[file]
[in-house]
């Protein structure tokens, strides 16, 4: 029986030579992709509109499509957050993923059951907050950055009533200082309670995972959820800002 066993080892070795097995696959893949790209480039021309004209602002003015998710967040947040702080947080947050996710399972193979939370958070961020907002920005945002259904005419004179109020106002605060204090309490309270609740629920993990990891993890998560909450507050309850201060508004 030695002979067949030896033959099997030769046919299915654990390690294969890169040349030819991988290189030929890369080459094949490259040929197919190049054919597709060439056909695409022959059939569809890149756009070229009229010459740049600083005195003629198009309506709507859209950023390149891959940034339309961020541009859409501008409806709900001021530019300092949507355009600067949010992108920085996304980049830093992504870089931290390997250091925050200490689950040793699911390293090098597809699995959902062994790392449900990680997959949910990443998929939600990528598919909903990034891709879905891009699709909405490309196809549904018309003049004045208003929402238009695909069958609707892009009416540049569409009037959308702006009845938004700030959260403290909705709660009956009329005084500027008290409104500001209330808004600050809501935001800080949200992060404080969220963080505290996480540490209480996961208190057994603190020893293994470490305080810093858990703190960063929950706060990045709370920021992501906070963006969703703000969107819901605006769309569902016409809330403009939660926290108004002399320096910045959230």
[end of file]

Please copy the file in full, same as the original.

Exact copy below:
[in-house]
């Protein structure tokens, strides 16, 4: 029986030579992709509109499509957050993923059951907050950055009533200082309670995972959820800002 066993080892070795097995696959893949790209480039021309004209602002003015998710967040947040702080947080947050996710399972193979939370958070961020907002920005945002259904005419004179109020106002605060204090309490309270609740629920993990990891993890998560909450507050309850201060508004 030695002979067949030896033959099997030769046919299915654990390690294969890169040349030819991988290189030929890369080459094949490259040929197919190049054919597709060439056909695409022959059939569809890149756009070229009229010459740049600083005195003629198009309506709507859209950023390149891959940034339309961020541009859409501008409806709900001021530019300092949507355009600067949010992108920085996304980049830093992504870089931290390997250091925050200490689950040793699911390293090098597809699995959902062994790392449900990680997959949910990443998929939600990528598919909903990034891709879905891009699709909405490309196809549904018309003049004045208003929402238009695909069958609707892009009416540049569409009037959308702006009845938004700030959260403290909705709660009956009329005084500027008290409104500001209330808004600050809501935001800080949200992060404080969220963080505290996480540490209480996961208190057994603190020893293994470490305080810093858990703190960063929950706060990045709370920021992501906070963006969703703000969107819901605006769309569902016409809330403009939660926290108004002399320096910045959230």